12ozProphet Feature Interview: Jick
Jick is a man of his word. A precise, calculated individual whose intentions to “get up” lie within a deep rooted desire to preserve the traditional guerilla graffiti mindset; and he chooses to lead by example. A disciple of the omnipresent IMOK and IF crews, Jick became an avid student of the game in his formative years as a writer; but far from a teacher’s pet. With an emphasis on being well rounded, Jick’s carefully executed Fill-Ins, Throw-Ups, Pieces and Tags lace some of the 5 boroughs most legendary graffiti walls and spots, as well as blanketing the entire Metro North commuter and local train tracks. Painting walls along side such legendary writers as Smash137 and WANE haven’t hurt his cred either. The 12ozProphet team sat down with Jick to discuss his motivation, the importance of versatility, what crew means to him, and much more.
12oz: What motivates you to bomb?
Jick: I would consider myself a selective bomber. I’m honestly not out in the streets like a JA, EASY or ADEK, I’m more into hawking strategic long term spots that will have an impact, mission bombing. Something about bombing trains for example comes from a sickness I have always had for doing dangerous shit. Before I got into bombing or trains I did far stupider things to feed that urge. I used to free solo rock climb (without ropes); shit when I was way younger we used to see who could get out furthest on the shaky ice without bitching out or fall in.. I fell in (barely survived that stupid game). I even did that retarded “lay on the dotted line on the highway” game as a teenager. in adulthood i actually see bombing as a life saver to me, because honestly out of all of the dumbass things that I really liked doing to quench that thirst for fear, clipping a fence and mashing out a train in a couple minutes has the least chance of ending my life. Thank you graffiti.
12oz: When did you first write “Jick”?
Jick: I really wish I had a good reason or story behind JICK, the first iteration was JIKZ. The reality is I came up with it in 9th grade chemistry class, technically whilst looking at the periodic table of elements (for the record there is no ji or kz element, dont bother looking it’s just what I was looking at.) JIVE IMOK/DF was probably my favorite writer at the time and I always thought he had the sickest J to I flow in his handstyle so I just gravitated towards that combination. As I got older and tried making my letters work together better I realized that j – i – k was 3 straight lines in a row and fucking sucked to tag so I eventually added a C. Captivating stuff huh?
12oz: You’ve been known for super technical pieces, but never hesitate to throw up a classic NY bubble letter (sometimes even in the same spot); Do you have a preference?
Jick: A bubble letter is more fun to paint than a technical piece. Period. If you don’t have fun doing your throw-up, you need a new throw-up. Having said that, it depends on my mood which one I prefer. Sometimes I am chilling with the crew talking about style, coming up with funny concepts for a wall and it gets me really amped up to go murder a piece, try something new and keep the creative bug fed. Other times I want to grab the ladder and do some shit people will see and bug on. If you’ve ever had that mood in a bar where you just wanna fight…that’s the same mood that makes me want to do fill-ins. Some fucked up adrenaline junkie asshole that is still lurking inside me that needs to be fed. If I have spent too long doing a legal wall, or have done too many pieces in a row, I feel the need to go destroy shit. It’s like a delicate balance that keeps me from going crazy. If I do one fancy burner, I need to go do five illegal spots to make up for it. I think DMAND taught me that.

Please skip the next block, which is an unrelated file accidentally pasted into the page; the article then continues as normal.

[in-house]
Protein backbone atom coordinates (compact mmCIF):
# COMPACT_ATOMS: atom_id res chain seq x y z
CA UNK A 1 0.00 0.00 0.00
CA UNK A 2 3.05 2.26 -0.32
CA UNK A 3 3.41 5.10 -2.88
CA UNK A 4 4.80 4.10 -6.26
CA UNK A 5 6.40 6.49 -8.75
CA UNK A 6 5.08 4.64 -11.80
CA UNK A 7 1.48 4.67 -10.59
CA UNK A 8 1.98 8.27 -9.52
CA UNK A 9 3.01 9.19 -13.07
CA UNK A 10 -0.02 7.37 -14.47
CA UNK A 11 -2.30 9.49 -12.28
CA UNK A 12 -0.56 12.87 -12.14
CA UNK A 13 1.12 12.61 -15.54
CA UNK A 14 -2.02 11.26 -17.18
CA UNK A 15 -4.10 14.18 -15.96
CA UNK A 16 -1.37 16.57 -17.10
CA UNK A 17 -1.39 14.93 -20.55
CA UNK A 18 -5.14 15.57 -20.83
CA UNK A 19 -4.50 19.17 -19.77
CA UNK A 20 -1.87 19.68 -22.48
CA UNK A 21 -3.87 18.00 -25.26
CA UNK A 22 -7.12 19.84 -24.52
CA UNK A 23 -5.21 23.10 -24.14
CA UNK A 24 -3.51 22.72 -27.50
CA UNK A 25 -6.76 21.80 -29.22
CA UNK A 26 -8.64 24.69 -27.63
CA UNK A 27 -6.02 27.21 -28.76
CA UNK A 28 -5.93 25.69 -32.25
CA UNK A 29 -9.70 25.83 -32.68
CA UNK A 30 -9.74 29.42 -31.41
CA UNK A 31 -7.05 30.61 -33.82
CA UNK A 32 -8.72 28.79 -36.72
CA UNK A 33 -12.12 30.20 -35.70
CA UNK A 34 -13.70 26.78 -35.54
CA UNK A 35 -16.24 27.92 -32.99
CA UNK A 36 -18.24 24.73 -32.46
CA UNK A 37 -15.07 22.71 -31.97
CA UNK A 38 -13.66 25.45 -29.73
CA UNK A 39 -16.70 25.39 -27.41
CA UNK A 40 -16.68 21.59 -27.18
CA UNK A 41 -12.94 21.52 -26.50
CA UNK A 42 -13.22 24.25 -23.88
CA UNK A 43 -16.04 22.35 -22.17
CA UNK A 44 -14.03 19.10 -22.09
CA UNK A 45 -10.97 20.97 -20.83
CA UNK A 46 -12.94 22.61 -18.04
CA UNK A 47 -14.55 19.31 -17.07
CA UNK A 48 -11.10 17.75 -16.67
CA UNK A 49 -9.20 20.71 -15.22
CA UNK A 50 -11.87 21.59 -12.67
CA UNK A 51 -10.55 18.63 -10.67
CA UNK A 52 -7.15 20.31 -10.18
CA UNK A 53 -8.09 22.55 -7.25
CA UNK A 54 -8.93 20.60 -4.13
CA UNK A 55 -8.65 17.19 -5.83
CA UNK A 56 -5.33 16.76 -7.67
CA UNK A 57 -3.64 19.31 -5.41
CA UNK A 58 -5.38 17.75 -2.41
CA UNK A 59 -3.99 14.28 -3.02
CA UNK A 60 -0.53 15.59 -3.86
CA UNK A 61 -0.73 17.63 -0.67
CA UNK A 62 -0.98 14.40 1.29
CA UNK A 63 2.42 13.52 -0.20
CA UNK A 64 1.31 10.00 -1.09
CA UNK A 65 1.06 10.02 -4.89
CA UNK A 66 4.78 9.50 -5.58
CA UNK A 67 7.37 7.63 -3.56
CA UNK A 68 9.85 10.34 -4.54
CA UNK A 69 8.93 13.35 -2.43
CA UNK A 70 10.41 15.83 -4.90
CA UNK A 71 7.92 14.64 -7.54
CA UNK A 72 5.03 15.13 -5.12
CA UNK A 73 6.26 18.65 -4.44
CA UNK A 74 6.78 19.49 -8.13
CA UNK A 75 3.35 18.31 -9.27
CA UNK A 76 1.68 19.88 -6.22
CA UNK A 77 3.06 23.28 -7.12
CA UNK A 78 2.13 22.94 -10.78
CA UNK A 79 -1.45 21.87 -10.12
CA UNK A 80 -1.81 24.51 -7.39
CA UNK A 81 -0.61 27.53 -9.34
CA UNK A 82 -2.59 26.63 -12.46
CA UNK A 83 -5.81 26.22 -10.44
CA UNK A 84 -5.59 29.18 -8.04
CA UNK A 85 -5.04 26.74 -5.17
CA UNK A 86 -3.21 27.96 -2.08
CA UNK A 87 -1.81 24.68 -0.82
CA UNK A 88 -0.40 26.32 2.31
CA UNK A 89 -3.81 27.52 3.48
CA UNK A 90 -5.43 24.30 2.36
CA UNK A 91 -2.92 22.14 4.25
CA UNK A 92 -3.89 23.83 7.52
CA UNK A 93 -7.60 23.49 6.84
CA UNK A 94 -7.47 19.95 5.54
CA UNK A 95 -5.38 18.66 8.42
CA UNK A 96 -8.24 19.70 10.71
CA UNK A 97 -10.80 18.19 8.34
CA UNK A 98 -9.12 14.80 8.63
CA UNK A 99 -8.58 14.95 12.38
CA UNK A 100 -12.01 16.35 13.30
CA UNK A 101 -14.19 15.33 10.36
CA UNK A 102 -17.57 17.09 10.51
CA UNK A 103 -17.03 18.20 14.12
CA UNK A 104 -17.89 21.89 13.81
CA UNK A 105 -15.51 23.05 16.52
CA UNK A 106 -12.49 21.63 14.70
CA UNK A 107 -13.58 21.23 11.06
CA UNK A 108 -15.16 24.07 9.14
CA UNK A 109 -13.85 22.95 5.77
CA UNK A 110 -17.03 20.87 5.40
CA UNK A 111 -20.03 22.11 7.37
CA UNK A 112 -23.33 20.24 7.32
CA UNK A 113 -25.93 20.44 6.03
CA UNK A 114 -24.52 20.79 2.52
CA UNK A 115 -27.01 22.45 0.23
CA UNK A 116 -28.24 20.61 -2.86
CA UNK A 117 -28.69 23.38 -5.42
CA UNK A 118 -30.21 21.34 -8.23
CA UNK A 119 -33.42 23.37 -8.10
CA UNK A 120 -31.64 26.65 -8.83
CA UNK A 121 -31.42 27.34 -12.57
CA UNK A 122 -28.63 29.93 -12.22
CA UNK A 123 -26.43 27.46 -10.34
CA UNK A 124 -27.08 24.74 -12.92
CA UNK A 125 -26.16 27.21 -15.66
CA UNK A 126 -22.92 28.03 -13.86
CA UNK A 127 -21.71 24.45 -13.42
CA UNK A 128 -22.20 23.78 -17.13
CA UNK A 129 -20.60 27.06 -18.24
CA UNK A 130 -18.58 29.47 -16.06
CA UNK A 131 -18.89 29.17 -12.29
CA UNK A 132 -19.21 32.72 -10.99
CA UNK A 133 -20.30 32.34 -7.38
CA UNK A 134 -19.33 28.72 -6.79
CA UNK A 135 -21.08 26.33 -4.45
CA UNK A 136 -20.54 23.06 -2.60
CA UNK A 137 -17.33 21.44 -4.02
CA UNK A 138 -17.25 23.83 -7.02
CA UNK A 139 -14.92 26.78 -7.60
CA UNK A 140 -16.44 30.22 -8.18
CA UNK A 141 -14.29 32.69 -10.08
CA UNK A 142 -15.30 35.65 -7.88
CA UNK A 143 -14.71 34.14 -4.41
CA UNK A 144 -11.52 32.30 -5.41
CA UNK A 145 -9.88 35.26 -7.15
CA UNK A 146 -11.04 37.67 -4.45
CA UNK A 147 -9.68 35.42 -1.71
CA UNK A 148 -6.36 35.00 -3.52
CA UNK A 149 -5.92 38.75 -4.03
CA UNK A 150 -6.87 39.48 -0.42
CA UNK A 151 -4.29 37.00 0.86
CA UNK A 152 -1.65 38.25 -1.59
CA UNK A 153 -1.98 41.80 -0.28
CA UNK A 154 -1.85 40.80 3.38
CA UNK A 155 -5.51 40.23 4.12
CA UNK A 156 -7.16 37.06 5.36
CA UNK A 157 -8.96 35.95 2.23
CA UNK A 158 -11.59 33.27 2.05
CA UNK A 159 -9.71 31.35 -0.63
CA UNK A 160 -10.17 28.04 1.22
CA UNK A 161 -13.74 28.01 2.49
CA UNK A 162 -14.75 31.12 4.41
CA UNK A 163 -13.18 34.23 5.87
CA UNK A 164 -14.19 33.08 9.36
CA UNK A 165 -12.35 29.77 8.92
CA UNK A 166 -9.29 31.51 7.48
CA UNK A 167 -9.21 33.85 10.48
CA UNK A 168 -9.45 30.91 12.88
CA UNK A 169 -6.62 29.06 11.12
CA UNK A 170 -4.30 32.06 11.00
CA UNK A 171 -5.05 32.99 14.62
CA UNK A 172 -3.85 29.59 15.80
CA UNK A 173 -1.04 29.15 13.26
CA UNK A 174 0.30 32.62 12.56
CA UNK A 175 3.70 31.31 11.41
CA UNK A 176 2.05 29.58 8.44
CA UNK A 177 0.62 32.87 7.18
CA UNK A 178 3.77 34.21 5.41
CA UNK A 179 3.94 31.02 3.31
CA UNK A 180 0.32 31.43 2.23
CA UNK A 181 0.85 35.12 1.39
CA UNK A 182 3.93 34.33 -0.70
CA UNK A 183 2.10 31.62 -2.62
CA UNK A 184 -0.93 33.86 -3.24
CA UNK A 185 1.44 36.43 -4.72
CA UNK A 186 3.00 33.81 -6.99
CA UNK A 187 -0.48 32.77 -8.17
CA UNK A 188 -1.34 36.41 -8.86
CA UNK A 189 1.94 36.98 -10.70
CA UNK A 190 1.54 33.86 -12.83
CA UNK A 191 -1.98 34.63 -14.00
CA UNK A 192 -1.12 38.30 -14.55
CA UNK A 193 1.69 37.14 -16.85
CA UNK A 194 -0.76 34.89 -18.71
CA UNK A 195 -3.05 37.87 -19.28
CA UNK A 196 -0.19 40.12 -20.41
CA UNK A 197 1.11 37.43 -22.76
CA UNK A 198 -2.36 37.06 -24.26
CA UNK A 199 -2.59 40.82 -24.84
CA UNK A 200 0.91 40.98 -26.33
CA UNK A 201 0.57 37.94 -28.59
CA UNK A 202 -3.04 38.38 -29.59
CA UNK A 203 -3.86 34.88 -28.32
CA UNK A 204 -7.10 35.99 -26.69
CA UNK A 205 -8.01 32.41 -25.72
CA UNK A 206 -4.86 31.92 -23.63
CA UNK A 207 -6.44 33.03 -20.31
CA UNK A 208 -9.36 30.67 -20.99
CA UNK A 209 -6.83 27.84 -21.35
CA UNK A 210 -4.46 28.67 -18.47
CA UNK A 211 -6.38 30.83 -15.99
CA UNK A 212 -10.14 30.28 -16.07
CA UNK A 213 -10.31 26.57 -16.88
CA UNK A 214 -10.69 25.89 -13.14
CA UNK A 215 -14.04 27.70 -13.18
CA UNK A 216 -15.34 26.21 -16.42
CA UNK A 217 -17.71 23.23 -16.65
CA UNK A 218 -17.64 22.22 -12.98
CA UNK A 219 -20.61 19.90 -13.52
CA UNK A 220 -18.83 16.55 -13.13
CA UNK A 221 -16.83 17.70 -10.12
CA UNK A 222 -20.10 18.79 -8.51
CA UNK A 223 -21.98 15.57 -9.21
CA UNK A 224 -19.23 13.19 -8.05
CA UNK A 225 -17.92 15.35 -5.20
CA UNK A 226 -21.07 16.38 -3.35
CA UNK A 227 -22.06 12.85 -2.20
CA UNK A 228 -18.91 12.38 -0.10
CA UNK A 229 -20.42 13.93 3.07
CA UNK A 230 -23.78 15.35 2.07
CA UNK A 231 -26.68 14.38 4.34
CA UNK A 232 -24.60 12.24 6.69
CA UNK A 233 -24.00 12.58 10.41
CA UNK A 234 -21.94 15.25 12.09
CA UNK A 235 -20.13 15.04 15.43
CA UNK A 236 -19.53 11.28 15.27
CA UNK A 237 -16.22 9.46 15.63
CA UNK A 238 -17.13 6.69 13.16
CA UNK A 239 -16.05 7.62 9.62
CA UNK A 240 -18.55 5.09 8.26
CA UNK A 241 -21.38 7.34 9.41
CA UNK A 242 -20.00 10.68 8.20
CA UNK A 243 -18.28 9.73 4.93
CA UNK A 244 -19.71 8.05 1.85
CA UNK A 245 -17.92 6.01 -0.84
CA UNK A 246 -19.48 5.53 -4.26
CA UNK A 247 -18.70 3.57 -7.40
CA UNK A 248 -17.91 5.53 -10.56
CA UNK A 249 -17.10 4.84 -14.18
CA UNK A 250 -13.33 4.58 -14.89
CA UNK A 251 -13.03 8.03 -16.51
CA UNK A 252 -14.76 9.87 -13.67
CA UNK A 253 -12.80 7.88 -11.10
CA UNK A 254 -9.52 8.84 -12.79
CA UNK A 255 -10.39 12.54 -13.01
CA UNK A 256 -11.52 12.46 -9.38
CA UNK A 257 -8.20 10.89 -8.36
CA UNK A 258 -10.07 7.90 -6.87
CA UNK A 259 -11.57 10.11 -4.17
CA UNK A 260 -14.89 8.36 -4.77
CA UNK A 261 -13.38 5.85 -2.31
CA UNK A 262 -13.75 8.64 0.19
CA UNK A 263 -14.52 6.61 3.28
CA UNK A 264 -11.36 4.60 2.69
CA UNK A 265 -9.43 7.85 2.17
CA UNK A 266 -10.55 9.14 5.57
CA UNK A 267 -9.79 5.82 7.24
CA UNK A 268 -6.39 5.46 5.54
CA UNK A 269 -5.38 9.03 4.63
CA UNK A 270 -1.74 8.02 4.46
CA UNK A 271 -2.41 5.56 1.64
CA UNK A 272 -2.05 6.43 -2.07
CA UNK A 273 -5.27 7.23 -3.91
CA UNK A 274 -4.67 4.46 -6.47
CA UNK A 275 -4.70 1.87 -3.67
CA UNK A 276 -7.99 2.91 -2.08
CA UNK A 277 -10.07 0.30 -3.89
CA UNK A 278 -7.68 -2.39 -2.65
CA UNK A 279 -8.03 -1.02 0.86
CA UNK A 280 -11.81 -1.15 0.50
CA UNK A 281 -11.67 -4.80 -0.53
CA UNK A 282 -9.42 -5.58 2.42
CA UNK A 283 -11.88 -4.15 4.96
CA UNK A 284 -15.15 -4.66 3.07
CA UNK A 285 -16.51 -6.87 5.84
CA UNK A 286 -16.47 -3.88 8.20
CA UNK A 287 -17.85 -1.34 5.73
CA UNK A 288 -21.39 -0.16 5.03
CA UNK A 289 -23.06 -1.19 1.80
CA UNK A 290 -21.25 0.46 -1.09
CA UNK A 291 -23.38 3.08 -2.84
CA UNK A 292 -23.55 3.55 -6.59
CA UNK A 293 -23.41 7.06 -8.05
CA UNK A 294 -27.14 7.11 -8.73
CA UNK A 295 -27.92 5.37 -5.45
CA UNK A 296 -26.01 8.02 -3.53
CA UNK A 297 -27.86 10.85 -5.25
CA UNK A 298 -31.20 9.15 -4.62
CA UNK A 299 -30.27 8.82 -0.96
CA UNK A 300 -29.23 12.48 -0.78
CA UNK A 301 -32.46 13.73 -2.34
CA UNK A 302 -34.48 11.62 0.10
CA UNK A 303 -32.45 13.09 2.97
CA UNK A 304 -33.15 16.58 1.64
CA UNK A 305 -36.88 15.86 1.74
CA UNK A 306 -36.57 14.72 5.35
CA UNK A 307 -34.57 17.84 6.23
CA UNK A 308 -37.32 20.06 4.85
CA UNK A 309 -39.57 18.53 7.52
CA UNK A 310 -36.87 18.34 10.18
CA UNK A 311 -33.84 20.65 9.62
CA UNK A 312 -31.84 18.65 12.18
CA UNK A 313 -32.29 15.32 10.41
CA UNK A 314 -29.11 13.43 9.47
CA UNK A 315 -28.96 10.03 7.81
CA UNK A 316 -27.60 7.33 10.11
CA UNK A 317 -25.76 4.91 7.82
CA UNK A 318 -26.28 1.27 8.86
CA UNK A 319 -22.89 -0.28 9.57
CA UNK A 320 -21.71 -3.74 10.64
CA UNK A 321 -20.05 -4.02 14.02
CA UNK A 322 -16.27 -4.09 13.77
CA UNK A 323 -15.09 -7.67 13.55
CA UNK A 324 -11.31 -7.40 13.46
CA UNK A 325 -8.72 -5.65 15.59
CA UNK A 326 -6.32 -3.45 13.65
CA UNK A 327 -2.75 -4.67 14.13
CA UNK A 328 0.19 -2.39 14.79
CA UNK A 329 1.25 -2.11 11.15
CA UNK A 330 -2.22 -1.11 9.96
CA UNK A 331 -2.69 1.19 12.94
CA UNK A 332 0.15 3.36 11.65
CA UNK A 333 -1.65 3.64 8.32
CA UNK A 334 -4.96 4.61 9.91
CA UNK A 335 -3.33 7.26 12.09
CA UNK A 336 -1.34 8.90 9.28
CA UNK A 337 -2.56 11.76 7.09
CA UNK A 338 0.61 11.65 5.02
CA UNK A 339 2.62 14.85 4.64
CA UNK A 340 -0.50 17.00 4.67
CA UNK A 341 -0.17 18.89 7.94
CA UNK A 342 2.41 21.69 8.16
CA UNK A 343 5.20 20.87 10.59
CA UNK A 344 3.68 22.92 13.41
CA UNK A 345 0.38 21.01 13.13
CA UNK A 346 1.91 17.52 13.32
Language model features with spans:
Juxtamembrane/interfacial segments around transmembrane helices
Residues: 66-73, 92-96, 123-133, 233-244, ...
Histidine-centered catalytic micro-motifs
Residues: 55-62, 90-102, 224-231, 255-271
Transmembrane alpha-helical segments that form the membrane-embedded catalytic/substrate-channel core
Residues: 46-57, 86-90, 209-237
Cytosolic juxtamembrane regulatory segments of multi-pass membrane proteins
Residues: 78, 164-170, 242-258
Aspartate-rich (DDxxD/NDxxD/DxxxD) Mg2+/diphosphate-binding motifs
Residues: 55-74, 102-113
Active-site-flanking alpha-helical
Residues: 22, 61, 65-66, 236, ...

12oz: How do you define “well rounded”?
Jick: I mean, “well rounded” is obviously doing everything from tags, to fills, cleans, freights, pieces stompers etc. If you don’t get involved in some level in all aspects of graffiti then you aren’t well rounded. But, more importantly you are missing out on the experience of each, because they are all extremely different and have their own important aspects. For example, doing a burner and doing a clean train are entirely different sports in my eyes. Walking around catching tags is way different than doing a crew spell out stomper on the tracks with your boys. They all carry with them much different emotions and levels of fun and destruction. From a purely life experience perspective you are cheating yourself out of aspects of this lifestyle that are both fun and make all the other pieces of the puzzle fit together better. The street smarts and ability to execute you gain from bombing or doing cleans ups your overall senses so when the police cuff you up at a legal wall because they dont believe your permit, you know how to get out of it or worst case you know to shut the fuck up play by their rules to get away. Plus, let’s be honest getting a few beers with your boys and writing on shit that doesn’t belong to you, no matter what it is, is a fuckin’ good time.
12oz: Any opinion on legals?
Jick: I like and do legal walls but honestly its almost a different sport to me, with a few overlaps like baseball and billiards…both have a ball and a stick but they’re pretty fucking dissimilar. An illegal piece or clean train or trackside stomper will always be worth more than a legal piece to me. Graffiti needs to be done illegally and is much more fun to me when it is. The energy i see in an illegal piece of mine has a more natural and perfect feel when I look at the pictures after. When you throw a fatcap on a can and are throwing paint around quickly with that adrenaline level up my letters just dance more, there is more flow and power to how they end up sitting on the train tracks. I typically have a different audience for a legal piece. A legal is meant to be looked at up close in person or on the internet, being scrutinized and yapped about. With most legals in New York, you usually have a limited amount of space with your name in between two arrows because everyone tries to squeeze as many dudes as possible on the wall…and everyone tries to sneak an arrow or two over your line (myself included). An illegal wall is often meant to be seen by passengers on a train so you have a smaller window of time to get you message across. I want to stretch my letters, go big and graphic to make sure that amongst the wallpaper of average sized throwups and simples, the thing that makes your neck snap around is a big blast of color and letters saying J – I – C – K. The other common illegal piece for me is environment sensitive. Breaking into an abandoned hospital or military barracks and rocking a piece on an interesting surface. In those scenarios we try to conform our pieces to the scenes we find.